December 10 in Christian History

Dec 10, 2008 11:10 AM EST

1520 - German reformer Martin Luther publicly burned Pope Leo X's bull, "Exsurge Domine," which had demanded that Luther recant his "protestant" heresies, including that of justification by faith alone rather than through purchased indulgences or other papal favors.

1593 - Italian archaeologist Antonio Bosio first descended into the subterranean Christian burial chambers, located under the streets of Rome. Bosio was dubbed the "Columbus of the Catacombs," and his books long remained the standard work on the underground tombs of the early Roman Church.

1854 - The second construction of the structure known as St Paul's Outside the Walls was consecrated. The church is one of four major basilicas in Rome. The original edifice was erected by Roman emperor Constantine in 324, and rebuilt as a larger basilica in the late fourth century by the Emperor Honorius (395).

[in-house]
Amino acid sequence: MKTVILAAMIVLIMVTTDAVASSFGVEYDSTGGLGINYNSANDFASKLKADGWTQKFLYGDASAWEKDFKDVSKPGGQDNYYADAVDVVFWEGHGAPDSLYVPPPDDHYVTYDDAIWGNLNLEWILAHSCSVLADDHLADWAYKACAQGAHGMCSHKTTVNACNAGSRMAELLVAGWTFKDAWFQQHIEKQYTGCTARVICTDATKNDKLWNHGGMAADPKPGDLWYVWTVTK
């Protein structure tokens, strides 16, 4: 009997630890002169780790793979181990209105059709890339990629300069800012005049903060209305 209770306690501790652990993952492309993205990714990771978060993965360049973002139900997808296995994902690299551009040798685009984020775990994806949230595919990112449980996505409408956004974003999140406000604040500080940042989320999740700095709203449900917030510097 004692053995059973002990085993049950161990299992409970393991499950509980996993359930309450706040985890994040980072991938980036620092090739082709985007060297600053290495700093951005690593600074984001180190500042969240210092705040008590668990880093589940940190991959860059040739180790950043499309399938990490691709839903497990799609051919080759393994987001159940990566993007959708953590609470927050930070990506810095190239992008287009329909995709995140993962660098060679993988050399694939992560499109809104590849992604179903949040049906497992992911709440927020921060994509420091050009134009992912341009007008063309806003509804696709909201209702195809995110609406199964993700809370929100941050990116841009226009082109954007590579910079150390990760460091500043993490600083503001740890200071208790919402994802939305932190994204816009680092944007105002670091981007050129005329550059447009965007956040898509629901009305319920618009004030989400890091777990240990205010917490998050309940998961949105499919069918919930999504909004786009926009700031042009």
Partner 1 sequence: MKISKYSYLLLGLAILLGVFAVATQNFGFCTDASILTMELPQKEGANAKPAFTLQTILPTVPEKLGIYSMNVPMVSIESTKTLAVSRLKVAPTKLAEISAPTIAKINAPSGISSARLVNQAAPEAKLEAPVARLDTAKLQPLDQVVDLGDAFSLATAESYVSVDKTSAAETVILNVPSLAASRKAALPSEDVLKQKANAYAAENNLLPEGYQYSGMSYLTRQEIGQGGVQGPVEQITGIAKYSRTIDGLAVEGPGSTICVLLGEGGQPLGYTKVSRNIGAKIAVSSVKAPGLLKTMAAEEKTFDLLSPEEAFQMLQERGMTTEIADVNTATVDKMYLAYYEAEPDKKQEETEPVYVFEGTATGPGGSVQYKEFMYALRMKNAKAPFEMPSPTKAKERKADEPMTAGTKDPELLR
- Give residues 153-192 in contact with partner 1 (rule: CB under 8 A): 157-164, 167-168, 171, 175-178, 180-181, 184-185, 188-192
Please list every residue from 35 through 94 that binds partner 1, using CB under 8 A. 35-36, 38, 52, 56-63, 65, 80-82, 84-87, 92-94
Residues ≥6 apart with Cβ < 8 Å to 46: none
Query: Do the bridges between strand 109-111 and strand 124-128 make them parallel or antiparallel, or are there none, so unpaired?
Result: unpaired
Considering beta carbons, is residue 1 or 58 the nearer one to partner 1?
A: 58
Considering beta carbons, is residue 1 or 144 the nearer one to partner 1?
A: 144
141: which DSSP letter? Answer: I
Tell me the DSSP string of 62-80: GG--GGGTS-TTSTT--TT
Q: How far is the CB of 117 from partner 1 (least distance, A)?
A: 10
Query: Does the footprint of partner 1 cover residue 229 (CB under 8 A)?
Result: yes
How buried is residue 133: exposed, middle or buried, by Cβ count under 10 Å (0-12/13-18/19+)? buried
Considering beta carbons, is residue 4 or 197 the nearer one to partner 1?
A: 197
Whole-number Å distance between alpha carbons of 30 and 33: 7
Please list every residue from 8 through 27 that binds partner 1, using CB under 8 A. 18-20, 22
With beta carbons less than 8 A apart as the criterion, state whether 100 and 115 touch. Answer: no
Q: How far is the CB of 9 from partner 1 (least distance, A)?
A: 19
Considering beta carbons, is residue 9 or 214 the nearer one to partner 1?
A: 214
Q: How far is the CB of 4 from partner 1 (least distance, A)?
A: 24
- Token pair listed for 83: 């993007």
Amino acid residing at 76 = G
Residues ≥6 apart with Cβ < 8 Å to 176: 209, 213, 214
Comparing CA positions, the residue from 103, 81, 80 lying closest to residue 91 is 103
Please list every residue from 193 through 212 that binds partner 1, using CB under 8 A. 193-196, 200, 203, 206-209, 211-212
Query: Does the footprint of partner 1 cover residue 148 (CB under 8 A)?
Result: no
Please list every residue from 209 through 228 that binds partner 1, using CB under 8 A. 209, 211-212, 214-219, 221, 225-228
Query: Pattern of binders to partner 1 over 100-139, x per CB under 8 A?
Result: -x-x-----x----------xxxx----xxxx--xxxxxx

1905 - "The Gift of the Magi," a short story by William Sydney Porter, 43, was first published. Known by his pen name, O. Henry, Porter's writings were characterized by trick endings, making him a master of short story telling.

1956 - English Christian apologist C.S. Lewis wrote in a letter: 'In so far as the things unseen are manifested by the things seen, one might from one point of view call the whole material universe an allegory.'

© 1987-2008, William D. Blake. Used by permission of the author, from

Almanac of the Christian Church